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Hotchalk Global

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A collection of helpful articles on teachers and teaching

Extracting Authentic Assessment From the Real World

Yesterday, I had the privilege of sitting in on my five year-old son’s tooth extraction.  He was also getting a filling in the adjacent tooth, and before I launch into the article, I would like to give “mad props” to the pediatric dentists and all the staff at Pediatric Dentistry & Orthodontics in San Jose, California.  What they do for children is top notch.

And not a single No.2 pencil in the bunch.Now, back to the extraction and why I am writing an education article about it.

I was literally sitting off to the side, notebook in hand, jotting down ideas for articles for this column.  I noticed that the one dental assistant appeared to be training another.  The trainee was the one actively assisting the doctor while her more experienced colleague supervised.  And then it hit me: this was authentic learning and assessment live and up close!

Before the doctor even came in, the more experienced dental assistant (hereafter RDA) helped lay out the tools and other materials for the procedure, and she also informed her trainee (hereafter . . . trainee) how to impress the doctor right off the bat by dictating the name of the patient and the letters that represent the teeth being worked on that day as soon as the doctor entered.  This is stuff you can’t learn in books or manuals.  Each doctor will have his or her own preferences, and RDA was letting trainee know how best to work with this specific doctor.

As the procedure continued (and I was the anxious parent, but also maintained calm with my notebook and pen to occupy me), I witnessed RDA answering questions the trainee had, supervising and mildly correcting or otherwise guiding the trainee’s moves, overseeing processes such as mixing amalgam for a filling, and serving as a second assistant for some tasks that just required another pair of hands, such as mixing more amalgam while the trainee’s hands were busy.  RDA, clearly a veteran at this office, also modeled encouraging words to the patient (that would be my boy) during the entire ordeal.  Such a thing is not taught as curriculum, I would think.  But if you’re going to work in pediatric dentistry, as much work goes into the show itself and the crowd control as goes into the performance.  The doctor also gave some tips to the trainee, such as which way to hand a particular instrument to the doctor.  RDA oversaw the entire procedure and was there to step in if needed.  She also modeled some of the techniques for her trainee.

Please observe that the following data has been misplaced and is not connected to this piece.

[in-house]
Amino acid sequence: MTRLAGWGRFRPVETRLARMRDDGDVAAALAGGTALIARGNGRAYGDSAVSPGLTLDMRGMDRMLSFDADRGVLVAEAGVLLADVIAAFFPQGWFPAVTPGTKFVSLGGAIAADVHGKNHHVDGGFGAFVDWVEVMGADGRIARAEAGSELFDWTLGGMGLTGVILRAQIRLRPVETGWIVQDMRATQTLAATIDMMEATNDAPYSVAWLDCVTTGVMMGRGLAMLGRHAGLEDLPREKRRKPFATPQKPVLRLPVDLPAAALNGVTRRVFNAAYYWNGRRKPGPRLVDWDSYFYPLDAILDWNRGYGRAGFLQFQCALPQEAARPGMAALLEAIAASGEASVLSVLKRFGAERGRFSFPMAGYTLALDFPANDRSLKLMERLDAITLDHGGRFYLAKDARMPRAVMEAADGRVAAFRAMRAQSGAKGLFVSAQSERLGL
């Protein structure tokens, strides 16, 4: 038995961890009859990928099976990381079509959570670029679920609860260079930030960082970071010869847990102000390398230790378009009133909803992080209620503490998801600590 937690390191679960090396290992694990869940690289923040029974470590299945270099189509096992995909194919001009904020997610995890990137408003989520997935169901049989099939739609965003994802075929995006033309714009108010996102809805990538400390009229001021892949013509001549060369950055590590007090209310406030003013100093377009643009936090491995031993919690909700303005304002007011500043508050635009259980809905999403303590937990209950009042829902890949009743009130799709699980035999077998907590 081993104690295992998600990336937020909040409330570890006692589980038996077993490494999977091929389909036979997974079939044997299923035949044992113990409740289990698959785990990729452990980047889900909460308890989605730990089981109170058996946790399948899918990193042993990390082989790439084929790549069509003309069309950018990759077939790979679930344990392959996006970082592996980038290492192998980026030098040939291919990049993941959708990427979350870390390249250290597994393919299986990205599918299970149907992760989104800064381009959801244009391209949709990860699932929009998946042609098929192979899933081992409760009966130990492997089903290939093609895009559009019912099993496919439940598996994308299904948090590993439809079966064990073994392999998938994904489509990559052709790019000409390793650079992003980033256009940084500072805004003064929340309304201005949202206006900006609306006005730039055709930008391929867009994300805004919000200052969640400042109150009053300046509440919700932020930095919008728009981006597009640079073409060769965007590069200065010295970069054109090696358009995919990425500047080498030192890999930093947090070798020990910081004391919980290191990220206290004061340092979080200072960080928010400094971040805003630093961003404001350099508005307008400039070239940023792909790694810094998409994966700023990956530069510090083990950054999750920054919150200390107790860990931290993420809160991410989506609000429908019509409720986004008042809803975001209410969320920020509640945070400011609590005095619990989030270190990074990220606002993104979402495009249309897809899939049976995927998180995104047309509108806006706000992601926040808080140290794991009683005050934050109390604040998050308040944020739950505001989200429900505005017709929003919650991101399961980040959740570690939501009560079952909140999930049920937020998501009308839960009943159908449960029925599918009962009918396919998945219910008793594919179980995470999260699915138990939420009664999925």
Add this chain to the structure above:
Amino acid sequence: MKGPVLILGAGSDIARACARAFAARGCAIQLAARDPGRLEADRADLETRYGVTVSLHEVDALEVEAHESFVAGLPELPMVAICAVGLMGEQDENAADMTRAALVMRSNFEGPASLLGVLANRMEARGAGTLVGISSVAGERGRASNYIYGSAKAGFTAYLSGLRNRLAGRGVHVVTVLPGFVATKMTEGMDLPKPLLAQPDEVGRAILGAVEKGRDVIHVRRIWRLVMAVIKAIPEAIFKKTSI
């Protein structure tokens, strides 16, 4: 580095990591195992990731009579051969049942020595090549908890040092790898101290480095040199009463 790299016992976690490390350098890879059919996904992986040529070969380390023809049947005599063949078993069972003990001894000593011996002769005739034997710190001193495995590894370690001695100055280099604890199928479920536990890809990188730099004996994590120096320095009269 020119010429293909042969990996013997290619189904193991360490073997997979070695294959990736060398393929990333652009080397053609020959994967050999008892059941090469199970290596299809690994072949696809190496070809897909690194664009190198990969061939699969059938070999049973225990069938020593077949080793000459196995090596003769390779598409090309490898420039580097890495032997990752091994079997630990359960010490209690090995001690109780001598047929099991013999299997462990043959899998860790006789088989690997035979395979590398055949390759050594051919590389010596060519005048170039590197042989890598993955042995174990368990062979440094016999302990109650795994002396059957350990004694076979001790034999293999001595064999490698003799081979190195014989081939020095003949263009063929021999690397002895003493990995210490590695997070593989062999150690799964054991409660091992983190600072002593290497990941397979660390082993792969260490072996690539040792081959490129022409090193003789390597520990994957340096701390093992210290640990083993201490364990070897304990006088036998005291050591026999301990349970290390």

I couldn’t help but think about how much of “education” in our schools doesn’t really prepare students for their future occupations.  I took a few moments at the end of the visit to ask the trainee about her formal education in this field.  Were there written tests? Yes.  She has to pass licensing exams.  But she was quick to add that she also has to write reflections and reports about the experiences she was having at the dental practice as well.  Again, I wondered to myself, do we ask students to reflect on their learning enough?

This raised so many issues in my mind.  When school for American children consists mainly of objective tests and rote memorization, how useful will the information be to them later?  And why just have them spit facts back at you when they will be able to look those things up when they really need them in the future.  Shouldn’t we be having students USE information in realistic scenarios?  So we assign research papers.  But even then, these are often little more than mash-ups of what the kids found online.  And “mash-up” here is actually too complimentary a term, when you consider that little or no creativity is usually involved.

This entire break from my ordinary day provided me with another example of how the real world expects our students to be able to perform.  And it shone a bright spotlight on the failings of an educational system that can’t spare the time for authentic assessments when there are pacing guides to adhere to and standardized tests to take on pre-ordained dates.

I just know that I am relieved that my son’s tooth extraction wasn’t just a benchmark for that trainee to pass, but rather a real experience involving a real child with real hands that crept up to interfere with his dental procedure.  (RDA guided the trainee on placement of her own hand in a defensive posture of pure genius.)

The key word here is EXPERIENCE.  Just how many tests and benchmarks do our students need to experience?  Aren’t there other experiences that can teach them so much more?  Now, I’m not trying to go all Montessori on anybody, but I’m just saying . . . how many grown-up jobs in the real world involve regular multiple-choice tests?

(No offense to Montessori education intended.)


Diane Main is a Google Certified teacher who teaches technology integration in San Jose, California.

Image is from Flickr user technochick, some rights reserved, Creative Commons.


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